Lot 149
  • 149

Marc Chagall

300,000 - 500,000 GBP
476,750 GBP
bidding is closed


  • Marc Chagall
  • Deux profils verts au cirque
  • stamped Chagall (lower right)
  • gouache, pastel, collage and pen and ink on paper


Estate of the Artist
Sale: Galerie Kornfeld, Bern, 20th June 2014, lot 20
Purchased at the above sale by the present owner

Catalogue Note

Marc Chagall’s fascination with the visual splendour of the circus originated during his childhood in the Russian village of Vitebsk. This vibrant theme served as a source of inspiration throughout his career. In his monograph on the artist, Franz Meyer explains: ‘Traveling acrobats were probably the first ‘artists’ Chagall came across as a child, the first to impose a form on the wondrous in the sense of conscious action. But this biographical observation cannot altogether explain the importance of the circus for Chagall. For in other respects, too, the circus act, as immediate, unadulterated representation of life in its own peculiar fantasy – fleeting as a ripple in the stream, yet coherent as any true achievement – satisfies a fundamental Chagallesque conception of art. It leads nowhere and yet is all. For just like color and form, the circus act is not a copy but a representation, a reflection of life in its totality’ (Franz Meyer, Marc Chagall, Life and Work, New York, 1963, p. 554-6).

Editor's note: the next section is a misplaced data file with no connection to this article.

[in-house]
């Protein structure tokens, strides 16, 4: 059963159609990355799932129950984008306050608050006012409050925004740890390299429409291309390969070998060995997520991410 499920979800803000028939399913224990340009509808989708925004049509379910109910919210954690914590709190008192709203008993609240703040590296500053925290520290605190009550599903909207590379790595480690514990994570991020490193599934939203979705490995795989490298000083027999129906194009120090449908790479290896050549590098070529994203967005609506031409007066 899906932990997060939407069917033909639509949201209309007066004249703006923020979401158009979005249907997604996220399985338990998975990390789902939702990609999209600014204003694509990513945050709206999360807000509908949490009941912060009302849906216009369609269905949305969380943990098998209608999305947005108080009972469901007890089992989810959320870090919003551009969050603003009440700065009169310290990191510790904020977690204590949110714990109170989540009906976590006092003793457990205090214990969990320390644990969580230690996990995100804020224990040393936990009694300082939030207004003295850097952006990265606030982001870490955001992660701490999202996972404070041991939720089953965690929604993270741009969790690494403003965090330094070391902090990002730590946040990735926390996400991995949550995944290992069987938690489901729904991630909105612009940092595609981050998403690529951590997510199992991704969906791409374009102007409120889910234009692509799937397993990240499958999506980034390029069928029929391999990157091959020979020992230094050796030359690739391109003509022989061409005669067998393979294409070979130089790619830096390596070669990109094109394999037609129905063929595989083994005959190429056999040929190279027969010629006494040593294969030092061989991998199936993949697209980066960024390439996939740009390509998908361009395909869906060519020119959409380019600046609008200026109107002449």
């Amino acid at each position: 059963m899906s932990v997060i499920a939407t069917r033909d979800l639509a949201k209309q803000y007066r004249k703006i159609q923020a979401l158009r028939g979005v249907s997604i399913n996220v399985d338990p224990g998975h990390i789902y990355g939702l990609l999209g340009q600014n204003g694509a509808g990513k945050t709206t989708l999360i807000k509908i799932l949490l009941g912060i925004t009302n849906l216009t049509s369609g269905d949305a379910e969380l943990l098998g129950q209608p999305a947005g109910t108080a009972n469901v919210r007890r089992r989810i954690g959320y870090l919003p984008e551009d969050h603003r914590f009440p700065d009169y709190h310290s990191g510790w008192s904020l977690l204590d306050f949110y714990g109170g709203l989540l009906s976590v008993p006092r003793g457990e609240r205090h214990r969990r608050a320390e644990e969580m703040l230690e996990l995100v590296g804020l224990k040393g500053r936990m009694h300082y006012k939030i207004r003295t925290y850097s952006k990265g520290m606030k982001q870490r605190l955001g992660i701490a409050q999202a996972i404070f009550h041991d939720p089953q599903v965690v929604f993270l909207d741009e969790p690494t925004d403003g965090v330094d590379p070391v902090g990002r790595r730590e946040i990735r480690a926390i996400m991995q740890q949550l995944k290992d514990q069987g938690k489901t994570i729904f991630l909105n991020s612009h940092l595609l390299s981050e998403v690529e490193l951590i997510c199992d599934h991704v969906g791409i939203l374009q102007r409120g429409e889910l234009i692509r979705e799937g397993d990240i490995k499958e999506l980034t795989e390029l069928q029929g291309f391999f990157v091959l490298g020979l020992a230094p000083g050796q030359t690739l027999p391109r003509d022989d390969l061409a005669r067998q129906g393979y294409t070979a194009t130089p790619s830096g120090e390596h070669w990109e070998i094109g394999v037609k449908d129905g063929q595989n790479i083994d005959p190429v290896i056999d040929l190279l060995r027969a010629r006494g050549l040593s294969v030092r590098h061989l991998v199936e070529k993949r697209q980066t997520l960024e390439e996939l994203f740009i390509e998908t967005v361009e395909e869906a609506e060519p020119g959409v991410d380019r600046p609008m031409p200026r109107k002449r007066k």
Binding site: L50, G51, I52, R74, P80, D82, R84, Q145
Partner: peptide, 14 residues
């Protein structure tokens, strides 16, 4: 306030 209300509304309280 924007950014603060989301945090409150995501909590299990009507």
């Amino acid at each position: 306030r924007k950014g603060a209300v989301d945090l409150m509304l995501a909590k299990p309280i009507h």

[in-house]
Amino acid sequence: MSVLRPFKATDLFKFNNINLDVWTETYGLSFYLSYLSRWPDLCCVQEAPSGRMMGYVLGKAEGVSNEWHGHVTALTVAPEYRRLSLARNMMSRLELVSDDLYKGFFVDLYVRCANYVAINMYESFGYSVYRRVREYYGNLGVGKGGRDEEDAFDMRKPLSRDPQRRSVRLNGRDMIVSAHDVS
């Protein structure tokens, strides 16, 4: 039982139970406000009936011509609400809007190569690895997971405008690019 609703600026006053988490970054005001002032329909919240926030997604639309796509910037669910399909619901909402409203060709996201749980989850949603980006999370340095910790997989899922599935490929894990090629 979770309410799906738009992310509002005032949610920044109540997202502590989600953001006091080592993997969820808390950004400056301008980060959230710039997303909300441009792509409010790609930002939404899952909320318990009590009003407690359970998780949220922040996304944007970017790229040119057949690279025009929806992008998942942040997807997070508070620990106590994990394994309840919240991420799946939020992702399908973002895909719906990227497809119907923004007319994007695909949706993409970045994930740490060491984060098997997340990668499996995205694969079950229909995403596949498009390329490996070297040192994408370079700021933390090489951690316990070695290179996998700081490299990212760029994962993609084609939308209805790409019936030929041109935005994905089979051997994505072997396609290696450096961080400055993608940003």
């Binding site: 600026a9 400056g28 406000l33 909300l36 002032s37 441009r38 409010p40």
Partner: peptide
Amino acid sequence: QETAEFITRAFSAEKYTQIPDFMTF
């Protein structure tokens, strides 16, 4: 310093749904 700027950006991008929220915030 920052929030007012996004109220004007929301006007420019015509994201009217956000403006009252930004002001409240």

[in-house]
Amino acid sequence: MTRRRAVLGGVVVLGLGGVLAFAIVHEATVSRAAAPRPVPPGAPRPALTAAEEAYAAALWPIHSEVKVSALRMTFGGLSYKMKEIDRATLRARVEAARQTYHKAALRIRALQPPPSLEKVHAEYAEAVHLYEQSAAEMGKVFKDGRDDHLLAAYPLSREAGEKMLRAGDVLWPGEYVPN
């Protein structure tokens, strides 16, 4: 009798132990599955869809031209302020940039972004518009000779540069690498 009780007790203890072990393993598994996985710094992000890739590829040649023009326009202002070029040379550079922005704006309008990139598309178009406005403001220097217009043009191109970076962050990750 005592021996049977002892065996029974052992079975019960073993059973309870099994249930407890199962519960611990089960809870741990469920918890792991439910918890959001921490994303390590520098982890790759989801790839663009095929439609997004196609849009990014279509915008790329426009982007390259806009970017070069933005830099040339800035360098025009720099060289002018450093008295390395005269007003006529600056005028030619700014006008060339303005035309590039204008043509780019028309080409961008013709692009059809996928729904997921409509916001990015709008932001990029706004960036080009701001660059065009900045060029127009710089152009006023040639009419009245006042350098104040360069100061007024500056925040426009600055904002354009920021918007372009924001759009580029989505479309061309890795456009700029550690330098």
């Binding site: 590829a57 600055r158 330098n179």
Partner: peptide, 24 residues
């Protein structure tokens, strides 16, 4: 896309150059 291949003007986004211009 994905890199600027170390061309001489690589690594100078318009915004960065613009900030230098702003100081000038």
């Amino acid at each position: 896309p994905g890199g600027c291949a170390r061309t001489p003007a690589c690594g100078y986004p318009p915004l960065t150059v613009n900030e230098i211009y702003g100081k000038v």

The subject of the circus first appeared in Chagall’s work in 1927 in a series of gouaches entitled Cirque Vollard, which were motivated by his visits to the Cirque d'Hiver in Paris with the publisher and art dealer Ambroise Vollard. An invitation to attend the shooting of a film in the Cirque d'Hiver in 1956 sparked another series of circus pictures that were executed with the vibrant colours and new luminosity that Chagall discovered in the Mediterranean at his Vence residence. Executed in 1966, the present work reflects Chagall’s continued enthusiasm for the spectacle of the circus: acrobats balance on beasts surrounded by tiers of spectators, and further performers – both human and animal – hover above the circus ring, acting simultaneously as subjects of the work as well as onlookers to the action below. The rhythm of the performance and exciting acrobatic feats are complimented by the bold, bright colours and unstructured composition of this whimsical, fantastical scene. Deux profils verts au cirque is a dynamic and thrilling example of the creative energy and sense of theatre that Chagall never ceased to find in the circus.